One of the best books regarding process that I have read is C.D. Carter’s “How to Think Like a Daily Fantasy Football Winner”. Obviously, it pertains more directly to football, but many of the underlying principles are easily transferable. Frankly, it’ll probably be on my holiday reading list again this year as I try to work through developing a sound process for NBA. If you’ve got an extra dollar kicking around this holiday season, it’s certainly worth downloading on your Kindle. Denny may be a socialist, but if being a socialist means that I shouldn’t listen to him, than you can keep your free market economy.
Another great resource on dealing with tilt is a thread that PadrePaul started in the forum this summer. There’s a lot of good advice from other folks there on how they deal with the tough stretches that will certainly come if you play this game for a while. Every personality type will deal with the struggles differently and require different means to help push the reset button, but we can certainly get some helpful input from other’s experiences along the way.
As for me, I have set out a plan of action to deal with my current struggles:
- I have switched to playing GPP’s instead of cash games for a while to be able to spread out my exposure to multiple lineups on any given slate.
- I am firing up my long dormant FanDuel account to get a different perspective on price, value, and lineup construction.
- I am seeking out advice from more experienced players as to what their process looks like that has brought them success over a sustained period of time.
- I am putting down on paper what my NBA process looks like – much like I’ve done for NFL, MLB and CFL – to give me a frame of reference going forward. Once I have something hammered out, I’ll be sure to share it here as well.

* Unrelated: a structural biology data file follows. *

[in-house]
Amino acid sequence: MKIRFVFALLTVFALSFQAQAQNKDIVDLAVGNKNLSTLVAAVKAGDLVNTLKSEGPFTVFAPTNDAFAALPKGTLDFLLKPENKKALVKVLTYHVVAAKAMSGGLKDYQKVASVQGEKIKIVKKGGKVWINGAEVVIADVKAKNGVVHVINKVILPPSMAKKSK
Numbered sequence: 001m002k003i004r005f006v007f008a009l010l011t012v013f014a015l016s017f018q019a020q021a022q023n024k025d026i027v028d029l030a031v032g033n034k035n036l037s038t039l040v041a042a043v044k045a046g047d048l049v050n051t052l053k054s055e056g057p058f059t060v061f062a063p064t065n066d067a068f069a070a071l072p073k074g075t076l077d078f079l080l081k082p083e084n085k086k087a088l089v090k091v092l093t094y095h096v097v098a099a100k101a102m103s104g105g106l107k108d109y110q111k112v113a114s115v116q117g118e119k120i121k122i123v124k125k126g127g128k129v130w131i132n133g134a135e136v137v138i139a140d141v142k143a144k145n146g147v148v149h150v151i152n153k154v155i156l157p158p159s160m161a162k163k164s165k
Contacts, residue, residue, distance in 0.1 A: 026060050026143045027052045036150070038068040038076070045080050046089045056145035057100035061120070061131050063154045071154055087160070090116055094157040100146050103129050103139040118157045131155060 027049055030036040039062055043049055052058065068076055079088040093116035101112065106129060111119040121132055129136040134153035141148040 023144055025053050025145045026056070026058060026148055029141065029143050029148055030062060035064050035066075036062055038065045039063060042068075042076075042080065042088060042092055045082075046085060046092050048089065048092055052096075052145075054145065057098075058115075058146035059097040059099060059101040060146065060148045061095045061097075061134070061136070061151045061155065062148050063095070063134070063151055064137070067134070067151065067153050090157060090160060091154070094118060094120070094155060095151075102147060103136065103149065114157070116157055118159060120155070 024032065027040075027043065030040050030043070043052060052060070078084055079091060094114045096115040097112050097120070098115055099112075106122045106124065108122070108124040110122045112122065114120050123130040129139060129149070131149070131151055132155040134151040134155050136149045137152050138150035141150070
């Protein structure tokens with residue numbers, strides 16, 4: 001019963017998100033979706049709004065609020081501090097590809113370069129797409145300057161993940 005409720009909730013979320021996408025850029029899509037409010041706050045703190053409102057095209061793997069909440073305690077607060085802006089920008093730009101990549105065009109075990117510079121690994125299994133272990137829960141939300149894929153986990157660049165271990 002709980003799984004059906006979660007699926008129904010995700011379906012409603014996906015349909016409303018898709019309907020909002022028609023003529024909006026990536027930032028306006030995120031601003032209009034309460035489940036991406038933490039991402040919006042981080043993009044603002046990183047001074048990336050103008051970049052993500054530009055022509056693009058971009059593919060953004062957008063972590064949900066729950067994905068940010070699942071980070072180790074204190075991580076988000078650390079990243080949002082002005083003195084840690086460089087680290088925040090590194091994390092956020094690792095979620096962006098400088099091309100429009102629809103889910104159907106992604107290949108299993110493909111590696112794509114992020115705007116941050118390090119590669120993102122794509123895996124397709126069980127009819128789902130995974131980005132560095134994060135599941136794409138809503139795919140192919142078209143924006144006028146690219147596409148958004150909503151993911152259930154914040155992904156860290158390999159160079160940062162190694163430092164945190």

So what does your process look like? What do you do to get off the schneid? Answers will be found and a process will be solidified, but in forsaken cold winter days it can be hard to remember the hot streaks.
- Total entry fees this week: $42
- Total winnings this week: $31.50
- Net total this week: -$10.50
- Bankroll: $197.80
It was a week not good for the bankroll, but maybe a bit better for morale. Overall, I only had one night that was a total loss. I still had more losing nights than winning ones that led to the overall loss, but it felt like I was succeeding a bit when I saw at least a little green in the winnings column each night. In the sage like words of Bret Michaels, “Give me something to believe in.” This may be part of the dark psychology of DFS that can lead to bigger losses as I slowly pour my bankroll down the drain while quietly believing I’m still “winning”, but am going to fight through this thing and figure it out. This is helpful in the meantime. If fun is still the main driving force behind playing these games, and it is for me, than I can at least say this kind of losing is indeed more “fun”.